There are absolutely no consequences at all for doing it the way I am saying. One could research the correct names of the radicals and when they are presented with the Kanji they can use their own imagination to think of things that will trigger their memory.


Everything you’ve said is simply your opinion. If you don’t like the radicals and mnemonics, that’s all fine and good. I’d wager a guess that there’s a fair number of people (myself included) that eventually do stop using the mnemonics.

However, being able to break kanji into a handful of simpler components, “legitimate” or not, is a huge help in distinguishing between similar kanji, and scaffolding in the long run.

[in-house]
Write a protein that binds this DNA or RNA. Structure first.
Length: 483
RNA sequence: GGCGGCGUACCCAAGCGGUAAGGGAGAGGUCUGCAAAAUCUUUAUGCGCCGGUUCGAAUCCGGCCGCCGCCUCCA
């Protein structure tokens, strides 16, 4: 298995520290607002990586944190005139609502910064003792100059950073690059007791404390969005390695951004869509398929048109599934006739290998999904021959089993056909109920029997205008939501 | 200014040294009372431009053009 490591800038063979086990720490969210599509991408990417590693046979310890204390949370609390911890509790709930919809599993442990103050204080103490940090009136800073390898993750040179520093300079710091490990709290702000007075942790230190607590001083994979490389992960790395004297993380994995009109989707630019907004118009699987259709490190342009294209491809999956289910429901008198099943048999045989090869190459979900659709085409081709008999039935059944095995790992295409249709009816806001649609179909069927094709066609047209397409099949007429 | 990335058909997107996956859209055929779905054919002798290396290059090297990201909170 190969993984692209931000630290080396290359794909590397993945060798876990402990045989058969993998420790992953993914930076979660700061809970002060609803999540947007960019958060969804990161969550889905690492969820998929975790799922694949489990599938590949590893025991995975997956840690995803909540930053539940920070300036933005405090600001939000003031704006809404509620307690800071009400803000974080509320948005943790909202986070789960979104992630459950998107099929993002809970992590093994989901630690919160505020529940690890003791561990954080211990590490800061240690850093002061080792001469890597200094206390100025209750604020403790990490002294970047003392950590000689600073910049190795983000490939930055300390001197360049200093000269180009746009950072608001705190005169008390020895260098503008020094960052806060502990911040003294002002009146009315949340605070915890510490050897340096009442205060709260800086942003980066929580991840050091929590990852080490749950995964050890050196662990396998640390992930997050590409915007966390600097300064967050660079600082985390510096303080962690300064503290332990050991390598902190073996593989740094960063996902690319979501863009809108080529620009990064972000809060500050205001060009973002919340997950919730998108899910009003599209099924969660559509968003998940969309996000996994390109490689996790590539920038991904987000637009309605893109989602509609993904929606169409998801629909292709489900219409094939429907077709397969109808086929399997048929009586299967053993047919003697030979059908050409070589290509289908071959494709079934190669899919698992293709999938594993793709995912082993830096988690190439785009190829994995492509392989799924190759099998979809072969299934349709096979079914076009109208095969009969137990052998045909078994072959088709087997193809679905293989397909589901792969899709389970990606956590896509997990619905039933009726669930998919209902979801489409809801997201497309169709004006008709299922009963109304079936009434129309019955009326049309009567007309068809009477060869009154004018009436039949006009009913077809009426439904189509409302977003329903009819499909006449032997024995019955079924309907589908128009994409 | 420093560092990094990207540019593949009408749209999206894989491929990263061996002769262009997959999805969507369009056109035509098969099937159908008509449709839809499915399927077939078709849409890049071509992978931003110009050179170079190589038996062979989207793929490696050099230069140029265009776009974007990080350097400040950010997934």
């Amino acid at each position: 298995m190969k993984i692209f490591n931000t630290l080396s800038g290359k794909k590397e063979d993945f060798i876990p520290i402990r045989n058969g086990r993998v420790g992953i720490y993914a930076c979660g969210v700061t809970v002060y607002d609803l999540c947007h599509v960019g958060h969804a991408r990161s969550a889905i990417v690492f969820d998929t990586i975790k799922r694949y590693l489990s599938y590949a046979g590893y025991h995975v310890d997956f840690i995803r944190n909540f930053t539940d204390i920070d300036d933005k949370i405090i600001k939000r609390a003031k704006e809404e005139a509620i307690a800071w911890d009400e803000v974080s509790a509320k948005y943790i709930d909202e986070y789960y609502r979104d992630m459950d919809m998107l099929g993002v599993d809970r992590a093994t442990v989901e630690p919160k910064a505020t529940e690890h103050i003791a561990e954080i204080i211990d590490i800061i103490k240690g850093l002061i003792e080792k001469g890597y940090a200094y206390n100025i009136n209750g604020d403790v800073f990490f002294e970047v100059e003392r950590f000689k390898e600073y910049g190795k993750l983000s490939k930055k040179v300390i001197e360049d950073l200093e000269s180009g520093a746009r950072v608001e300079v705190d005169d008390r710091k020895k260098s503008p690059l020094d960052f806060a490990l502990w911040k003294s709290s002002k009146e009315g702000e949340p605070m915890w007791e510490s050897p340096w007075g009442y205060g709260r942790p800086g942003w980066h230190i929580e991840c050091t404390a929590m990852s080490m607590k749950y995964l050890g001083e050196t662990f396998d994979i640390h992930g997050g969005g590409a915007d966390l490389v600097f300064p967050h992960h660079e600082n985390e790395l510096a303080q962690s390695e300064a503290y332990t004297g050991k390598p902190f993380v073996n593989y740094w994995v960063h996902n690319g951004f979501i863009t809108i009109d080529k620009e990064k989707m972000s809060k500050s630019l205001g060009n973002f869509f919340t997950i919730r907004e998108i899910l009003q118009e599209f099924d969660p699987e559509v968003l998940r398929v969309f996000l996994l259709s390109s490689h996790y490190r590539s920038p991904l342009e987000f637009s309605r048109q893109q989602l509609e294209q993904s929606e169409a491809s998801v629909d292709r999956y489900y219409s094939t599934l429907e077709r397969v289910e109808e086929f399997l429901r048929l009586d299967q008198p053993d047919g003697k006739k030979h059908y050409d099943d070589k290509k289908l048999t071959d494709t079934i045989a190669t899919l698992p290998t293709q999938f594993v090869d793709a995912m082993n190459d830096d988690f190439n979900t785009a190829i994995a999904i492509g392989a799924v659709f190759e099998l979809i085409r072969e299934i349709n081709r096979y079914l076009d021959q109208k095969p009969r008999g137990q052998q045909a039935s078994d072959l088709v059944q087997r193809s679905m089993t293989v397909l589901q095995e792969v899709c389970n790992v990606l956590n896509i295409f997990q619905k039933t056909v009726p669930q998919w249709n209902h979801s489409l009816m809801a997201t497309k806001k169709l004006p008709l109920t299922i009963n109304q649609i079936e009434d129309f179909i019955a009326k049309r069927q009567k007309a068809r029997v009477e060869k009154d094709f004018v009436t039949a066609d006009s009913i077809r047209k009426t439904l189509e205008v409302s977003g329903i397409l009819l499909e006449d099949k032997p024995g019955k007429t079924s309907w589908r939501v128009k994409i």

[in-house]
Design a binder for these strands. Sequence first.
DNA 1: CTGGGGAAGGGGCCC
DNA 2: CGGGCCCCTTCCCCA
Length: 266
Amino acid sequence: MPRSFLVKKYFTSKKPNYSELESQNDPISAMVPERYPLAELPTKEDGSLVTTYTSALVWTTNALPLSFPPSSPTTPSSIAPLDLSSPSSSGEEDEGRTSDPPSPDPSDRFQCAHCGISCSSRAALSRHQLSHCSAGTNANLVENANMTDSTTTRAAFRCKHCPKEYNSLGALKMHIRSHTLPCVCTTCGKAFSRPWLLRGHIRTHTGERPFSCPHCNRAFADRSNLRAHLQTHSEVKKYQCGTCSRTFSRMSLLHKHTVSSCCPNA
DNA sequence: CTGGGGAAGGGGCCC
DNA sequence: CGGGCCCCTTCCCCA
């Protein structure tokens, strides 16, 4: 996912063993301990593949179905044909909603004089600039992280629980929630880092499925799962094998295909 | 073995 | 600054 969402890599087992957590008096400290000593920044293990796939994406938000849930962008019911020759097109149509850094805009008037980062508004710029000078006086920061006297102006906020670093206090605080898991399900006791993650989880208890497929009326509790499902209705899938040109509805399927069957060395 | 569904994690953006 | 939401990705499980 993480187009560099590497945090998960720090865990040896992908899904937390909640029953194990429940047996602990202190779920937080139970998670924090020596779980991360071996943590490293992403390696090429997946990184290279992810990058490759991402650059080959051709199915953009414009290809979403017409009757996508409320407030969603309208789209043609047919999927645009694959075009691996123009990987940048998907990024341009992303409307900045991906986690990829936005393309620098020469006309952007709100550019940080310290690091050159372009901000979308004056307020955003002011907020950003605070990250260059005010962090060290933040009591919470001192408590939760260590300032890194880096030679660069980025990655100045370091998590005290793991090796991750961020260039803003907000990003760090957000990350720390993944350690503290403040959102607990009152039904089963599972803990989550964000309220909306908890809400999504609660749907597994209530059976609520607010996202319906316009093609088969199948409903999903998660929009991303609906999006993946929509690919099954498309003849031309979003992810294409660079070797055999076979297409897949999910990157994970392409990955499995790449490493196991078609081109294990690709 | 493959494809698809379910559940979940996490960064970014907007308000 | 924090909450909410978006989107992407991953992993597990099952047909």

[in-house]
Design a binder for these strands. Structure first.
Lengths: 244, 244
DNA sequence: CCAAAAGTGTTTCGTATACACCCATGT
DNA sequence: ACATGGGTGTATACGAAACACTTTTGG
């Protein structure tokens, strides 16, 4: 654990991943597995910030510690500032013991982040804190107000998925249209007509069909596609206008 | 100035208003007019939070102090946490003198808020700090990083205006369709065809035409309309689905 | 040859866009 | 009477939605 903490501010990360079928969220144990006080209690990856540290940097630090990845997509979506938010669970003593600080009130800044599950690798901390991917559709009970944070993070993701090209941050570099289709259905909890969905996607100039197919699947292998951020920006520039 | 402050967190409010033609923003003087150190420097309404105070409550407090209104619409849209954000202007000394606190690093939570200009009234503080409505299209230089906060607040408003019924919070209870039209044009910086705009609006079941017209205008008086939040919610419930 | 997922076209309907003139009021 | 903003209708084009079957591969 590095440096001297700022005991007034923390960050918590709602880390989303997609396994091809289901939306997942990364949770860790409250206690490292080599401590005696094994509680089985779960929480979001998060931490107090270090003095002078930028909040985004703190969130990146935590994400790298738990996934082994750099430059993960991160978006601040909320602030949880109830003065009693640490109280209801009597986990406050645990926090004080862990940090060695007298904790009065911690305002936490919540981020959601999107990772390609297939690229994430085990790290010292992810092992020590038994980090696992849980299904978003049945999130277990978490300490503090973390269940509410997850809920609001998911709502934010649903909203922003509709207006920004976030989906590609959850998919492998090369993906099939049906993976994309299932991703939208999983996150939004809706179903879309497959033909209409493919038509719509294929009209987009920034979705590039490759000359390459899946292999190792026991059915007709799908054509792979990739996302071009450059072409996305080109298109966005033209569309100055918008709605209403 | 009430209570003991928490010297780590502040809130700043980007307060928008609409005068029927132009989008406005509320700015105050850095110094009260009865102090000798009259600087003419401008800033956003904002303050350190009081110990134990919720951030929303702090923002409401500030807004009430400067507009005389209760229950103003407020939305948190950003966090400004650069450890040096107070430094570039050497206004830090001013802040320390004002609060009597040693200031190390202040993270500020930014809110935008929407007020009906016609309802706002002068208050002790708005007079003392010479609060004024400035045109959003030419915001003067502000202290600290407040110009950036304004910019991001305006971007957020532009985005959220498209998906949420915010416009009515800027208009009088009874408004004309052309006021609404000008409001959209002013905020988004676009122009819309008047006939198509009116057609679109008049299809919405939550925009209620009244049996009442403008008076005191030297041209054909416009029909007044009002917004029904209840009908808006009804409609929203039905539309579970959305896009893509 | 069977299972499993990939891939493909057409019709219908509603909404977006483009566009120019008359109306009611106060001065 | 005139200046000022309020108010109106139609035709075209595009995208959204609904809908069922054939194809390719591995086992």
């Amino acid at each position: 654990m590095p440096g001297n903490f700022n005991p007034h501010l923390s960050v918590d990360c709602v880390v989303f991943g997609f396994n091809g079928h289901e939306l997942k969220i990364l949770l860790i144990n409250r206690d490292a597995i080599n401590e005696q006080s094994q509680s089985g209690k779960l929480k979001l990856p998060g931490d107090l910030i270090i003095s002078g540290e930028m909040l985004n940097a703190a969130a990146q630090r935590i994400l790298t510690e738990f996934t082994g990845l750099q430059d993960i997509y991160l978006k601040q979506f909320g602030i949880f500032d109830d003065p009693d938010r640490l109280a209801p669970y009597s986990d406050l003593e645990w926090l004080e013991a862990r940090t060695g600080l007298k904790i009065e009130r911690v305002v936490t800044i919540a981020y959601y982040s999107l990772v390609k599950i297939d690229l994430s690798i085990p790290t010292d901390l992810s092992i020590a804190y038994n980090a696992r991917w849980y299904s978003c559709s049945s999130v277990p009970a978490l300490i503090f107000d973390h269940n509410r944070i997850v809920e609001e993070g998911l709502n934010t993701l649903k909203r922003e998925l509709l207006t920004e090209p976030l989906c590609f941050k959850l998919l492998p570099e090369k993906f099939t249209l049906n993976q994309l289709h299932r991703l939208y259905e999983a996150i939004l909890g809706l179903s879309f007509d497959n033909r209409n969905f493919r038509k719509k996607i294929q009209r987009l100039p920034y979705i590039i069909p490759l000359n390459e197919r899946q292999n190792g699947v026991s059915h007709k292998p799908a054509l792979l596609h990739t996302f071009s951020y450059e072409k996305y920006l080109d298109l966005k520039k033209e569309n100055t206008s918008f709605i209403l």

Sure, maybe not. For you, anyway. But not everybody is created equal. Many people here have tried studying through anki, heisig, or any other kanji studying methods which didn’t work, but WaniKani did. It’s not fair to say there are no consequences to skipping WaniKani’s most unique selling point. Sure, SRS is great. There are lots of SRS systems, though. WaniKani has systematically organized the kanji it teaches by simplicity of these “made up” radicals and then creates mnemonics for you using said radicals, which then carry to the kanji and vocab. There’s also literally no consequence from not skipping radicals. They’re fairly easy to remember, and can actually be quite beneficial to many people.

But hey, you’ve got the almighty JLPT N4, so what do I know. :man_shrugging:t3:

@Sirius_San, keep it up! It’s a tough journey with lots of ups and downs, but ultimately very rewarding and an absolute blast. Sorry your first post ever has started such a flame war. Don’t let this influence your opinion of the forums! People like this are few and far between.
Welcome to WaniKani :blush:


Shapes must be childish too. :wink: